A series of posts examining some of the statements made on Wikipedia regarding Homeopathy. (These comments derive from a 2012 edition of the Wikipedia article. Only those statements have been reproduced which are misleading and should be corrected.)
More fun in Paragraph 4:
Wikipedia: “Homeopathic remedies have been the subject of numerous clinical trials, which test the possibility that they may be effective through some mechanism unknown to science.“
Did the writer really need to include that last phrase? He got this close to making a factual statement! But ending a sentence about homeopathy with the word “effective” might have occasioned a vasovagal episode…. I wonder if researchers really spend their time and limited financial resources testing whether something they feel has no scientific basis might be possible. Or, alternatively, do they test such things with the purpose of proving they are not possible?
Wikipedia: “While some individual studies have positive results, systematic reviews of published trials have failed to demonstrate efficacy.”
Up until very recently, the standard line from the medical fundamentalists was that NO clinical trial had EVER demonstrated efficacy. Now, as you see, they have fallen back to the line that “systematic reviews” haven’t shown efficacy.
And yet, both of these assertions are false. Some systematic reviews have shown efficacy, some have not. Some clinical trials have shown efficacy, and some have not. Some years ago, a prominent medical journal published a systematic review that found that the higher the quality of the research, the more likely a particular study was to find homeopathy effective. Most recently, a systematic review by the Swiss government concluded that homeopathy should continue to be funded by that country’s national health service.
By and large, clinical trials and “systematic reviews” of clinical trials are conducted by organizations with a lot of monetary resources. In fact, they are usually conducted by drug companies or other organizations (universities, foundations) being funded by drug companies. When any Tom, Dick or Harry can make a homeopathic remedy with a mortar, pestle, lactose and water, companies that make pharmaceuticals have a clearly vested interest in the idea that homeopathy doesn’t work. If you think that the bias that showed up in that first sentence we examined has no effect on the outcome of a clinical research trial, I have some evidence-based medicine to sell you.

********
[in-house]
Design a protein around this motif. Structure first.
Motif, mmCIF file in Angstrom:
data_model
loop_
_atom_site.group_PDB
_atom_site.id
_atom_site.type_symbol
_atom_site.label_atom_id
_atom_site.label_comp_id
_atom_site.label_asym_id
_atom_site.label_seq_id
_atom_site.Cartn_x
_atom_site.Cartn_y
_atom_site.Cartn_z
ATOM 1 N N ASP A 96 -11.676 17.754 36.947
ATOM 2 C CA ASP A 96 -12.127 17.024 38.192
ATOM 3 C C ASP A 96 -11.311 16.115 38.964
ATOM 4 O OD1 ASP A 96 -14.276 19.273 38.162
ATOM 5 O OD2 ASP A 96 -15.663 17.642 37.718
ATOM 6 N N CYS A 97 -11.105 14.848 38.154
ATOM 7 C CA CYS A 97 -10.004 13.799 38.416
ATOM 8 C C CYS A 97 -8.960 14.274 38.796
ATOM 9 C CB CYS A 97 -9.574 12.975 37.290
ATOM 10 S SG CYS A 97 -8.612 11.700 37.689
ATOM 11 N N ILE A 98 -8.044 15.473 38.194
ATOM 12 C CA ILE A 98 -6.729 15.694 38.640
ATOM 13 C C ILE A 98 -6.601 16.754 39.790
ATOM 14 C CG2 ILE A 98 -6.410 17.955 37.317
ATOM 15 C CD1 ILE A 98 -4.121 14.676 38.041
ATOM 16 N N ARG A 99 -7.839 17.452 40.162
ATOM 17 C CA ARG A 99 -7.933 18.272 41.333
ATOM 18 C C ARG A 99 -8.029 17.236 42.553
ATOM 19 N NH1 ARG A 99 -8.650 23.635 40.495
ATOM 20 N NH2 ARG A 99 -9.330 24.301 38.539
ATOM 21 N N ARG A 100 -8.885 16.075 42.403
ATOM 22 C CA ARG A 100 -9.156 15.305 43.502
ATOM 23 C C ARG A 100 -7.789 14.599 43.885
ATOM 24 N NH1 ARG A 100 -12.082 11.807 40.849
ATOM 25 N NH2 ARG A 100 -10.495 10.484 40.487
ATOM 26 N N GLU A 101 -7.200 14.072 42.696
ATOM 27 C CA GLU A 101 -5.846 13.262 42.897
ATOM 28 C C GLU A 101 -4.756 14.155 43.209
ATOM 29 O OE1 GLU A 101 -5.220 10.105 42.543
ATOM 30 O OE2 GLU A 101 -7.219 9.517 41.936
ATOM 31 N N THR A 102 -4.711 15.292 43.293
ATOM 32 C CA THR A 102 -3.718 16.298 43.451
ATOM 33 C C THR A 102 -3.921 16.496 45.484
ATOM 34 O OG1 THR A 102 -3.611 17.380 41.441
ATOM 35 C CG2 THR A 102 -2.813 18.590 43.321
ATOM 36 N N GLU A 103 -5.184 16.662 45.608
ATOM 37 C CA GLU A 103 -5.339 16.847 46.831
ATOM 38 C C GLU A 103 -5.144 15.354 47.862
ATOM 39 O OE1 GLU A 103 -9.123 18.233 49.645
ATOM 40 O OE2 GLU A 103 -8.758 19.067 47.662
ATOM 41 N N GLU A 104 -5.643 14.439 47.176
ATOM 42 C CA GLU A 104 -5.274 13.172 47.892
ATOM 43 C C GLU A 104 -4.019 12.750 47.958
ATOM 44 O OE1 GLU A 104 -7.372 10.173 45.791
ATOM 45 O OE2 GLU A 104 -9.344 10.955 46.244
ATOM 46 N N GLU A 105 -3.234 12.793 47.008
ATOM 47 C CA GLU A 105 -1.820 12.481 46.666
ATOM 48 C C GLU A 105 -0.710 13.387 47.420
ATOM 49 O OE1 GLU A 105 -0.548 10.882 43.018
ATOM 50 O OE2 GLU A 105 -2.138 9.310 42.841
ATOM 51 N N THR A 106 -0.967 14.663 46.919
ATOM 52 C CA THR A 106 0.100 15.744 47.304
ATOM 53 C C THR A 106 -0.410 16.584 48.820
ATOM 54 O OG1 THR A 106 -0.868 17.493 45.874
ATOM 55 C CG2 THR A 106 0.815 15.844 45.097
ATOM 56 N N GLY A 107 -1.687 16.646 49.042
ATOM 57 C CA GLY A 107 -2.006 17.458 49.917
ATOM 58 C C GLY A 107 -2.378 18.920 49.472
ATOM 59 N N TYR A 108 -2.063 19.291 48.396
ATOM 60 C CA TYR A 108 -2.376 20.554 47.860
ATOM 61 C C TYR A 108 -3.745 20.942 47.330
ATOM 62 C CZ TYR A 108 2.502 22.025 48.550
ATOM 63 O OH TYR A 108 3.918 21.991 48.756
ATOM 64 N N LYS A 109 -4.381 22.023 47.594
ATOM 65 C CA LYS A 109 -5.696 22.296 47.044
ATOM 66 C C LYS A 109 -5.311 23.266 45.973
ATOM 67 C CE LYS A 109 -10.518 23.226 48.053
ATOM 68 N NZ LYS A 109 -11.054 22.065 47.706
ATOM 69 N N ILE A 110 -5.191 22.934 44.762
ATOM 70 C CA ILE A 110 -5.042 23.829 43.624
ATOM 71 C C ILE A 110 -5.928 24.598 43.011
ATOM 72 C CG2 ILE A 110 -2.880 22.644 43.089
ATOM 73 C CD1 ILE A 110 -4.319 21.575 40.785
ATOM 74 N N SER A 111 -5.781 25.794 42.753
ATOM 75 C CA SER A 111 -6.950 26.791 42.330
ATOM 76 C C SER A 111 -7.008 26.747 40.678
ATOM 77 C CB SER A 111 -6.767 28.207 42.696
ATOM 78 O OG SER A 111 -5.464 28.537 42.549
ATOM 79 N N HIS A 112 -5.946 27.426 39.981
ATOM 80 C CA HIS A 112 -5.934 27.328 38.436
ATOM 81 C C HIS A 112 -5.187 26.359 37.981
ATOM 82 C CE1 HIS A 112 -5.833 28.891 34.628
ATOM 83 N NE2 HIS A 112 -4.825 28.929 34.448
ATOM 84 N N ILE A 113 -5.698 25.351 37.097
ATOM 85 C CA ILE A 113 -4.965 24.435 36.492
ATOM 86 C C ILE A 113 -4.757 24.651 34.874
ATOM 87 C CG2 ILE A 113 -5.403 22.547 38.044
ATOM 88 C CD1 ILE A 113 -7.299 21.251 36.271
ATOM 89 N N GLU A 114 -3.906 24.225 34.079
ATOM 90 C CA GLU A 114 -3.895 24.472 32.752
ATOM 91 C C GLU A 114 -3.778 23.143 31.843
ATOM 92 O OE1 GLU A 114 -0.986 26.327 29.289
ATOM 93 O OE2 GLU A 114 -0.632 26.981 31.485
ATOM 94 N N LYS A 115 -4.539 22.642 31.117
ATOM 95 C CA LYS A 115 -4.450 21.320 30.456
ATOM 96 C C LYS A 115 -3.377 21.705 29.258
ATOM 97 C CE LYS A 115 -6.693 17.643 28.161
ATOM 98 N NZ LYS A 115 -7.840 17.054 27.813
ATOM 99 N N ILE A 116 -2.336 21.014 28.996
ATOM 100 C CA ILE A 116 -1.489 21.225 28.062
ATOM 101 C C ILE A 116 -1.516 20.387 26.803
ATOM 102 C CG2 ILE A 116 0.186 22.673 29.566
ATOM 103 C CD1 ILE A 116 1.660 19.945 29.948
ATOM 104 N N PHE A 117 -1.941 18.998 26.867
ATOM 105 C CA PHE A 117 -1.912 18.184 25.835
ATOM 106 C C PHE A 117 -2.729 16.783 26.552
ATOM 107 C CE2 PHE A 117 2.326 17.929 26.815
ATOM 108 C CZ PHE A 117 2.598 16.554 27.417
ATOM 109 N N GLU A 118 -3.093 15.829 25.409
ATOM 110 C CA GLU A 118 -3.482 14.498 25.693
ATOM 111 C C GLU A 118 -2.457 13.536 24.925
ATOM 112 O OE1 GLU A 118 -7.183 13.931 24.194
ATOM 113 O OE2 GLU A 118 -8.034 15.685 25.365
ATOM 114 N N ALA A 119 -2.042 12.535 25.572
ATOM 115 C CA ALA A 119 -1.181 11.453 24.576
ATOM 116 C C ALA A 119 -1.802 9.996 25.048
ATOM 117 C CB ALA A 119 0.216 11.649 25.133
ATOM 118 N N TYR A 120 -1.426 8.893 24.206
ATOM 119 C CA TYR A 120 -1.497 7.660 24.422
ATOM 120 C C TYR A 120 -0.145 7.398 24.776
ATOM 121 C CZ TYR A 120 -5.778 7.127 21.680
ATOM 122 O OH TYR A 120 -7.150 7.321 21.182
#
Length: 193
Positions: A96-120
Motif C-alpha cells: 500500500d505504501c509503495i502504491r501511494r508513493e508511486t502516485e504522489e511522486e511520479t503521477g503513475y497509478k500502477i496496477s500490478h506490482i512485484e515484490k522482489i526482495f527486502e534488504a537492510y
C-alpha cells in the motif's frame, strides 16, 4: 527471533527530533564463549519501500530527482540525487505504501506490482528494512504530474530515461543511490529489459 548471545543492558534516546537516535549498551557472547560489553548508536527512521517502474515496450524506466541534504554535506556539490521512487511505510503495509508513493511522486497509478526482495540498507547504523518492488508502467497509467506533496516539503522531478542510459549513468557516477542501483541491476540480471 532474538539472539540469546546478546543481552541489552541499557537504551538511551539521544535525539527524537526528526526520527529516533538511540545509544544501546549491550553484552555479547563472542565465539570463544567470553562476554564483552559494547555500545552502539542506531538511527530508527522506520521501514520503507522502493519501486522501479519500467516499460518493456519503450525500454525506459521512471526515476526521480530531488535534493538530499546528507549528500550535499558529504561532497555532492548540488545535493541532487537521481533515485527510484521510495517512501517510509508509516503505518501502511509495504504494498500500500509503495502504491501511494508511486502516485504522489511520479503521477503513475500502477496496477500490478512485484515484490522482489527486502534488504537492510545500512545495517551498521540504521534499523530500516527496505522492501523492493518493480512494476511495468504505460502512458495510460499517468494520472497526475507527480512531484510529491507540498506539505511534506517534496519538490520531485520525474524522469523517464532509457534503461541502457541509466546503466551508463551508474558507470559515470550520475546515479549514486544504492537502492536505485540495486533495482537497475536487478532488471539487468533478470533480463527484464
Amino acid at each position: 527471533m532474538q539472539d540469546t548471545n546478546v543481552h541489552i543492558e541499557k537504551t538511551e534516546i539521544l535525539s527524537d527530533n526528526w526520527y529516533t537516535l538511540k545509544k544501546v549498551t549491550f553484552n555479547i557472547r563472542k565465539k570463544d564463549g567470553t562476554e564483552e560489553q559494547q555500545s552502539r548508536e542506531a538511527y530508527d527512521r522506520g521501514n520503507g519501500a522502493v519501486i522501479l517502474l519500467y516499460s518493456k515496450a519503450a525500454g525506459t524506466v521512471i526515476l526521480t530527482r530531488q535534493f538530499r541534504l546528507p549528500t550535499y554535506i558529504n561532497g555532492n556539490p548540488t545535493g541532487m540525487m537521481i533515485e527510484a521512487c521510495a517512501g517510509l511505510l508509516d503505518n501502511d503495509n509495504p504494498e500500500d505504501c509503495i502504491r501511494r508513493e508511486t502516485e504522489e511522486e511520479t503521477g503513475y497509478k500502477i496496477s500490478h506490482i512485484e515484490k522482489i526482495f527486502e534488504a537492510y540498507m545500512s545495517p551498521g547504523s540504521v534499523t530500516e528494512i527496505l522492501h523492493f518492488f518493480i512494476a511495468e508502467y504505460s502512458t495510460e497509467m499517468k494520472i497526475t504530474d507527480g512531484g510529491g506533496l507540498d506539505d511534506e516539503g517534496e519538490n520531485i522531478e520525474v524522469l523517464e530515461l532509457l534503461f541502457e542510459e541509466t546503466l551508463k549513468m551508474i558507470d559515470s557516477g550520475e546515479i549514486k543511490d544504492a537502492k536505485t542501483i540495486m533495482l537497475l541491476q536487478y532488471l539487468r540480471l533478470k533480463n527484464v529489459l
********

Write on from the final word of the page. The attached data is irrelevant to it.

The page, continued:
Furthermore, if clinical trials were the final arbiter of objective truth, they would always give a similar answer to a single question. But even high-quality clinical trials contradict each other frequently. Every year, new guidelines are issued, drugs are removed from certain indications, drugs are even removed from the market when we learn that they are dangerous to life. This is not a very impressive system to cite in the assertion that homeopathy doesn’t work.
The current paradigm for testing pharmacological drugs relies largely on pools of pre-selected subjects who suffer from a common named condition, the discrete existence of which is often debatable. (Is “depression” a single medical condition with definable pathology? “Autism”? “Insomnia”?)
This approach is nearly impossible to apply to homeopathy and homeopathic remedies, because homeopathy is always patient-centered, not condition-centered. While the homeopath’s goal is to remove the symptoms of disease, this is done by understanding what is characteristic in the individual case of disease at hand, not by giving the disease a name and generalizing the treatment of that disease to everyone who has it. So, choosing a medical condition and giving one homeopathic remedy to everyone who has that condition is a meaningless exercise and, by homeopathic standards, will always yield poor results.
(The edition of the Wikipedia page that we are examining existed sometime during 2012. We will not attempt to keep up with the page edits since then.)